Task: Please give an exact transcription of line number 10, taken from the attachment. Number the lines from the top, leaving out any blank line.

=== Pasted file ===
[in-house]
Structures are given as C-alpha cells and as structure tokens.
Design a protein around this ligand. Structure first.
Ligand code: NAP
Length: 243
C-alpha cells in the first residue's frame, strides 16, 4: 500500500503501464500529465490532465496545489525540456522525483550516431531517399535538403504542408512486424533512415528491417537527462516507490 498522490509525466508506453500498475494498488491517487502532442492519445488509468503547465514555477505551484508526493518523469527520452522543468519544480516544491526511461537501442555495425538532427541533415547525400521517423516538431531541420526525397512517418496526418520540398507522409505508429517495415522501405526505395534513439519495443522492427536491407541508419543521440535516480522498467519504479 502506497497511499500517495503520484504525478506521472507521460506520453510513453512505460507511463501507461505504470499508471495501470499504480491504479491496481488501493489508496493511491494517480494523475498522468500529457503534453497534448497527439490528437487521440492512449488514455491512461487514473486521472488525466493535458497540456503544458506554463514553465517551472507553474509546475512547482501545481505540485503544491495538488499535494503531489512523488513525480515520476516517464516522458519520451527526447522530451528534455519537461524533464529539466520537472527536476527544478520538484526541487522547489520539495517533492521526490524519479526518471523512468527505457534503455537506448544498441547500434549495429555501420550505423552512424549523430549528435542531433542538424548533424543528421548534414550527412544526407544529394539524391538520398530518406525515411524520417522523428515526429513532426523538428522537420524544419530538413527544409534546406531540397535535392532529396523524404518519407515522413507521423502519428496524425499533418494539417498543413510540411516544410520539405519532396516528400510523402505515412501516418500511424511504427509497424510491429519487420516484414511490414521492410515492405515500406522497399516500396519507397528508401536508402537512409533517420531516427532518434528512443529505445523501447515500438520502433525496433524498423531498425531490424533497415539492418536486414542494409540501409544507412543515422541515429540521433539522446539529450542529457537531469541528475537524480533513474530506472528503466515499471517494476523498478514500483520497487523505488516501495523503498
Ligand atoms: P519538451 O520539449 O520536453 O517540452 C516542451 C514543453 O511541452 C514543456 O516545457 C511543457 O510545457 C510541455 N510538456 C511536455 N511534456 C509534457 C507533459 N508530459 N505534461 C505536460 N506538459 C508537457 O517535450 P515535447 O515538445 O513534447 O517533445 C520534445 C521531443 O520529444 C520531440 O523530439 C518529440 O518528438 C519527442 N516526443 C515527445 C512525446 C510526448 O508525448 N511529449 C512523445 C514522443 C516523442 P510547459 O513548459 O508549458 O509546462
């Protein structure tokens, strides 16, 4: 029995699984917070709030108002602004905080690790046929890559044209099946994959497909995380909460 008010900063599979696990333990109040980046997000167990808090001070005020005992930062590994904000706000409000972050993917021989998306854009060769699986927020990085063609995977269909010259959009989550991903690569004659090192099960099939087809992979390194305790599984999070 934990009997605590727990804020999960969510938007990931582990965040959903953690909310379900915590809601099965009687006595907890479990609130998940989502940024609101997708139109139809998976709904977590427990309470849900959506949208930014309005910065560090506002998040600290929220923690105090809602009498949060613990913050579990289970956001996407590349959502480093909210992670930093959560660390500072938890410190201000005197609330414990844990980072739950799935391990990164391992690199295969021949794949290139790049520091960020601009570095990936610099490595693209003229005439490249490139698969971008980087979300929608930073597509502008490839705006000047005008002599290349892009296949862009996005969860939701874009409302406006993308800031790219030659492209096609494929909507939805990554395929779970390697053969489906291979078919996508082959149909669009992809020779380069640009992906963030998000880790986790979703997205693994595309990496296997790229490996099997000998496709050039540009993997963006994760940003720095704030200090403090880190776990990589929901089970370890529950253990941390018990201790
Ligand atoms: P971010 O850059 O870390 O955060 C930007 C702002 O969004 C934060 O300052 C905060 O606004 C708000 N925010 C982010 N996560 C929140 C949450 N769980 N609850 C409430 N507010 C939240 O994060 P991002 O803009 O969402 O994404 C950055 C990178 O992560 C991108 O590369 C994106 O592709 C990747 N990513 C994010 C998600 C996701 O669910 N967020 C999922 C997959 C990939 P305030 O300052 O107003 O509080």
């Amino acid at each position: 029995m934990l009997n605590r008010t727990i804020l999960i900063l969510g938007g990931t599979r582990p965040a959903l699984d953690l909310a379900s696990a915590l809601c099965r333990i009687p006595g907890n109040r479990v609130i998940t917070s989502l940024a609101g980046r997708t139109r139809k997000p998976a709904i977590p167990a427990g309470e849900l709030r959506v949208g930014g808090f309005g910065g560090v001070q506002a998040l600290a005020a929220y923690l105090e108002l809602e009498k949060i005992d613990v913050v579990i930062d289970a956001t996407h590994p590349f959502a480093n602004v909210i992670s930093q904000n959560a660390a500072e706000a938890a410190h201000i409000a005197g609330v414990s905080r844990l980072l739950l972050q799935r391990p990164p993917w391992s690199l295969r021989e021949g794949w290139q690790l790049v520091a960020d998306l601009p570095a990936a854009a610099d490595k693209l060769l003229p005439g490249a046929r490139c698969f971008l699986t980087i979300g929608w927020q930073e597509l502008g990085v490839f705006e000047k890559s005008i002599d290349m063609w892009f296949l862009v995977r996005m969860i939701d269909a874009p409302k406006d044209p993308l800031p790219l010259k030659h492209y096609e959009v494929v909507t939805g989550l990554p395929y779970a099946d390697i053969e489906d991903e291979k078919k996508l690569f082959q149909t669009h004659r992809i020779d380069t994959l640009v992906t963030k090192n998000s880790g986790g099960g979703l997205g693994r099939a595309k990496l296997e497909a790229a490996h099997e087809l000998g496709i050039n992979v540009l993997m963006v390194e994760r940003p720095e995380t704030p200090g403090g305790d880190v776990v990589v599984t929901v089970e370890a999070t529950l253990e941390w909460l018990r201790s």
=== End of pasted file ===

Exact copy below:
């Amino acid at each position: 029995m934990l009997n605590r008010t727990i804020l999960i900063l969510g938007g990931t599979r582990p965040a959903l699984d953690l909310a379900s696990a915590l809601c099965r333990i009687p006595g907890n109040r479990v609130i998940t917070s989502l940024a609101g980046r997708t139109r139809k997000p998976a709904i977590p167990a427990g309470e849900l709030r959506v949208g930014g808090f309005g910065g560090v001070q506002a998040l600290a005020a929220y923690l105090e108002l809602e009498k949060i005992d613990v913050v579990i930062d289970a956001t996407h590994p590349f959502a480093n602004v909210i992670s930093q904000n959560a660390a500072e706000a938890a410190h201000i409000a005197g609330v414990s905080r844990l980072l739950l972050q799935r391990p990164p993917w391992s690199l295969r021989e021949g794949w290139q690790l790049v520091a960020d998306l601009p570095a990936a854009a610099d490595k693209l060769l003229p005439g490249a046929r490139c698969f971008l699986t980087i979300g929608w927020q930073e597509l502008g990085v490839f705006e000047k890559s005008i002599d290349m063609w892009f296949l862009v995977r996005m969860i939701d269909a874009p409302k406006d044209p993308l800031p790219l010259k030659h492209y096609e959009v494929v909507t939805g989550l990554p395929y779970a099946d390697i053969e489906d991903e291979k078919k996508l690569f082959q149909t669009h004659r992809i020779d380069t994959l640009v992906t963030k090192n998000s880790g986790g099960g979703l997205g693994r099939a595309k990496l296997e497909a790229a490996h099997e087809l000998g496709i050039n992979v540009l993997m963006v390194e994760r940003p720095e995380t704030p200090g403090g305790d880190v776990v990589v599984t929901v089970e370890a999070t529950l253990e941390w909460l018990r201790s």